This dark green Benz special touring car with race number 38, only presented in February after being extensively restored to its original condition by Mercedes-Benz Classic, is considered to be the first true sports car by many automobile historians. It is one of only two known vehicles in the world produced by Benz for the Prince Heinrich Tour of 1910 that have survived in their original form since their first race more than 100 years ago. The vehicle from the Mercedes-Benz Classic collection finished in 11th place at the time, and then in the same year also took part in the Tsar Nicholas Tour. To this day the racing car still has the modified engine – with a displacement reduced to 5.4 litres – with which it was fitted for this race in Russia.
Technical data for the “Prinz-Heinrich” Benz
Year of construction: 1910
Displacement: 5,715 cc
Power output: 80 hp (59 kW)
Top speed: 126 km/h
24/40 hp Benz landaulet from 1907
The second vehicle to be presented by Mercedes-Benz Classic at Pebble Beach is a 24/40 hp Benz landaulet. This vehicle stands in the long tradition of the Mercedes-Benz S-Class, which dates back to the start of the 20th century. Since that time, the product line of the brands Mercedes and Benz – from 1926 Mercedes-Benz – has always comprised outstanding premium- and luxury-class models. They represent innovative, visionary automotive technology, generating the driving force for entire automotive development.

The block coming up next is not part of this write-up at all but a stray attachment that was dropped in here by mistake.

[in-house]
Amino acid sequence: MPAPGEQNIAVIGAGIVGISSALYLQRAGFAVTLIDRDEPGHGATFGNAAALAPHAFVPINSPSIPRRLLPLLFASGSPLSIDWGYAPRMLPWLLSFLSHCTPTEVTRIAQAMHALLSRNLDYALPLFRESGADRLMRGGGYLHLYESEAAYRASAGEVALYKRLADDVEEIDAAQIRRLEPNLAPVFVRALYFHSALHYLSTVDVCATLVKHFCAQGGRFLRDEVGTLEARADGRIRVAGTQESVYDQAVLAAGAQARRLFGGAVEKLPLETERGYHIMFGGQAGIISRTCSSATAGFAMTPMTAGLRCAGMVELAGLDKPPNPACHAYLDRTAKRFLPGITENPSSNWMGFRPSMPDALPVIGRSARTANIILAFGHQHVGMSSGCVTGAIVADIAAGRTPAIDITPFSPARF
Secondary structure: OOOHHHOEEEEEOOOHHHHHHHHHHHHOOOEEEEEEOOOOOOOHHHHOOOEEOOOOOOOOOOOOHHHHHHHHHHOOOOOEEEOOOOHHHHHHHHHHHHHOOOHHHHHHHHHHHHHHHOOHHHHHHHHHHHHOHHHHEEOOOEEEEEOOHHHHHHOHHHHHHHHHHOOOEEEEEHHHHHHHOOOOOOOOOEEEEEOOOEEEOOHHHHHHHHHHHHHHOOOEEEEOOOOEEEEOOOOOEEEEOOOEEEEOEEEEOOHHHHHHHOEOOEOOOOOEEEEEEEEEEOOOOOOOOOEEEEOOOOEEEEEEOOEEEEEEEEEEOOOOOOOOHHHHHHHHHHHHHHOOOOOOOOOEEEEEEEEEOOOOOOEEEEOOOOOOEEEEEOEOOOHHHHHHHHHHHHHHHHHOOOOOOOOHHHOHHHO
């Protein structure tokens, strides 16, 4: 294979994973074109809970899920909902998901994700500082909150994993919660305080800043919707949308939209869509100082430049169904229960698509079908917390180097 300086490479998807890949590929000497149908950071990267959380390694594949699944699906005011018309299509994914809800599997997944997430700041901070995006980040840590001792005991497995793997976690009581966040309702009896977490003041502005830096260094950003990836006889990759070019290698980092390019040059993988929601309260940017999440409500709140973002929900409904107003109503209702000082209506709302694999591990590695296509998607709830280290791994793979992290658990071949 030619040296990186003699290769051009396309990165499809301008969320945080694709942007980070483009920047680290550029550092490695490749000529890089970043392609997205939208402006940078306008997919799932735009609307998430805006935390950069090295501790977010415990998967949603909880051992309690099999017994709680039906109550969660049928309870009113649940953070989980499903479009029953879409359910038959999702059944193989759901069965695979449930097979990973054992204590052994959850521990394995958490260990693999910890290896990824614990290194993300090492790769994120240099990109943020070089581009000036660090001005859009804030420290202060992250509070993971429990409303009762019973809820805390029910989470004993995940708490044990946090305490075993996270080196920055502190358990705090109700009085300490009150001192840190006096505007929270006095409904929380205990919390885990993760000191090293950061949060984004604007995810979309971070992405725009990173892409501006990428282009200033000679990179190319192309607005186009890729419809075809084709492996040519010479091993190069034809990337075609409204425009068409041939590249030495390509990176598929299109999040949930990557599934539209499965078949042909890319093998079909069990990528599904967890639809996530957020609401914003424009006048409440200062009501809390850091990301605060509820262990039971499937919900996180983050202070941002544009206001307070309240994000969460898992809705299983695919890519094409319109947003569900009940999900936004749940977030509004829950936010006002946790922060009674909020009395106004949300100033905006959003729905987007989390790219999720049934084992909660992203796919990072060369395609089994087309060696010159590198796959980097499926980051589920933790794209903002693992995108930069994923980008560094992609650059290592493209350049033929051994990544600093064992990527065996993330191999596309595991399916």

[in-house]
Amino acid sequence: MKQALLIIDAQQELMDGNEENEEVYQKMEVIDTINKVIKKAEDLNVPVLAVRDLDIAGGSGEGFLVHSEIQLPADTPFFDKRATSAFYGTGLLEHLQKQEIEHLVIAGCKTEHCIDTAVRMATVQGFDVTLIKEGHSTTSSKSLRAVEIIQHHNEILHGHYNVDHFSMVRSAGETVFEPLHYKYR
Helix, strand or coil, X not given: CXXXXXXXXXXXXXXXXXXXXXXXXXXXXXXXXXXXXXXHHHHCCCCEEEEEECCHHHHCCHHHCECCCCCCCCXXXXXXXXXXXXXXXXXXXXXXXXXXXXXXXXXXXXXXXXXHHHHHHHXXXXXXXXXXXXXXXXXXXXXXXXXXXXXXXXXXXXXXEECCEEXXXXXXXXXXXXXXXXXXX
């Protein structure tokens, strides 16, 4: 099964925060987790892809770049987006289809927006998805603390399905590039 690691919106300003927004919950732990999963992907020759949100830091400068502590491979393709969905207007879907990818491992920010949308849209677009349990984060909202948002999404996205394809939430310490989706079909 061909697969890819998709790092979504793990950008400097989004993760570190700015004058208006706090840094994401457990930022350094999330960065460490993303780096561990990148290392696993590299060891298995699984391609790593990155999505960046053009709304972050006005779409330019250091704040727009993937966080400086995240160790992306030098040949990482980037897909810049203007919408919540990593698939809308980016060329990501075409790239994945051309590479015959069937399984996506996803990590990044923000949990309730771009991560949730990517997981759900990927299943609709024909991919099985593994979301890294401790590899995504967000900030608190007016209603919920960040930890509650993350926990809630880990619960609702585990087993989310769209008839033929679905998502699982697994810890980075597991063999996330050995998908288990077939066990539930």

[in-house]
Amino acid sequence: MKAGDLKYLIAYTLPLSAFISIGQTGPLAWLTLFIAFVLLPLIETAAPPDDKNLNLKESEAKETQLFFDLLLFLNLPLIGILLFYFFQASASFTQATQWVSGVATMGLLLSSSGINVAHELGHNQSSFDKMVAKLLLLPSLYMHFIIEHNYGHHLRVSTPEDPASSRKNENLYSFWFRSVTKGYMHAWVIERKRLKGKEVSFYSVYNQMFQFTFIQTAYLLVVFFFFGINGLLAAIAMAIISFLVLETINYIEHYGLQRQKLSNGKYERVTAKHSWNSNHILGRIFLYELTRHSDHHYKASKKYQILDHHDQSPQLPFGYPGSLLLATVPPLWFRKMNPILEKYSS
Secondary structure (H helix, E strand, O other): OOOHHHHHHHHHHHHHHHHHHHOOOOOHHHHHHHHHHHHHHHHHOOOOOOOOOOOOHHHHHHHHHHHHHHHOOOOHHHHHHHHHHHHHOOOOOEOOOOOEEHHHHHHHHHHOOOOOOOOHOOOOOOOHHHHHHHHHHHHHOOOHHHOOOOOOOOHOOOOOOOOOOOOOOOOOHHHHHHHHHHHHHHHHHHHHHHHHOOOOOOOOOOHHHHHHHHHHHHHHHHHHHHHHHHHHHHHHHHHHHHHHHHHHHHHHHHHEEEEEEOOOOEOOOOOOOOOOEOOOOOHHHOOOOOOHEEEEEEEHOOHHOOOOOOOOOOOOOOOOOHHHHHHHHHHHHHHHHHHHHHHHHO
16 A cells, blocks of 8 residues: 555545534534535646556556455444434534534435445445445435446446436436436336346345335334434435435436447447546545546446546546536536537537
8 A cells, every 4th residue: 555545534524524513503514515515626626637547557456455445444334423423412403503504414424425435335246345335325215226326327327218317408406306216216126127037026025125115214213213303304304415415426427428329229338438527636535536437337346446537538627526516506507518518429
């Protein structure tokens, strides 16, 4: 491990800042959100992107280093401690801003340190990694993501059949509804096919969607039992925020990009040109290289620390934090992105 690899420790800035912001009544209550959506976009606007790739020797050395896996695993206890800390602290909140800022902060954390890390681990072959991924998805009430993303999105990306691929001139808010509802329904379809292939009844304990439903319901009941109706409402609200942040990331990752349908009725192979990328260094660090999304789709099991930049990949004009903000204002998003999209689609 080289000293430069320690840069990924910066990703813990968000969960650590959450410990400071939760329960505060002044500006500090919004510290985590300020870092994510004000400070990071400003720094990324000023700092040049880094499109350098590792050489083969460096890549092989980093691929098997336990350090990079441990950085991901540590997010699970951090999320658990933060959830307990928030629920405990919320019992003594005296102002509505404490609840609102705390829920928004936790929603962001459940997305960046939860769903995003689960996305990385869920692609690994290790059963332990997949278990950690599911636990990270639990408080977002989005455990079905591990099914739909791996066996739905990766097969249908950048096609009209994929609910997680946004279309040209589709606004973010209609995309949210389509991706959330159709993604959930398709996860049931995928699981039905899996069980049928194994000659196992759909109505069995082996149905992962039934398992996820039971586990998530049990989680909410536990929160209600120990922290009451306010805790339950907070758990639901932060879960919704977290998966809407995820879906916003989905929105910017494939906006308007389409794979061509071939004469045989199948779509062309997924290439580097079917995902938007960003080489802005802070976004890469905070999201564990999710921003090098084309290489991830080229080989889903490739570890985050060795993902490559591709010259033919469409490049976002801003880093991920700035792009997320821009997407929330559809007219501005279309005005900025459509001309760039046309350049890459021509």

The 24/40 hp model was produced at Benz in the first decade of the last century as part of a whole series of newly developed products with 28, 35, 40 and 45 hp (21, 26, 29 and 33 kW) engines. They all featured a variety of technical features: they all had a four-cylinder engine with cylinders cast together in pairs. The laterally positioned camshaft was driven via spur gears. Two spark plugs per cylinder drew their current via magneto ignition. The four-speed transmission was operated via a sliding shift mechanism. Despite being optionally available with cardan shaft drive system, the power of the 24/40 hp model from the Mercedes-Benz Classic collection is still delivered to the rear wheels via chains.
As was usual for that period, different body variants were available – hence also a landaulet version. The driver was left to sit out in the open, with little protection, while in inclement weather the ladies and gentlemen were able to sit beneath a well-upholstered folding roof. The vehicle from the Mercedes-Benz Classic collection was originally delivered to the south of the province of Buenos Aires, Argentina, where it remained in service until 1966.
Technical data for the 24/40 hp Benz landaulet
Year of construction: 1907
Cylinders: 4, cast together in pairs
Displacement: 6,107 cc
Power output: 40 hp (29 kW)
Top speed: 80 km/h
Source: Mercedes-Benz Classic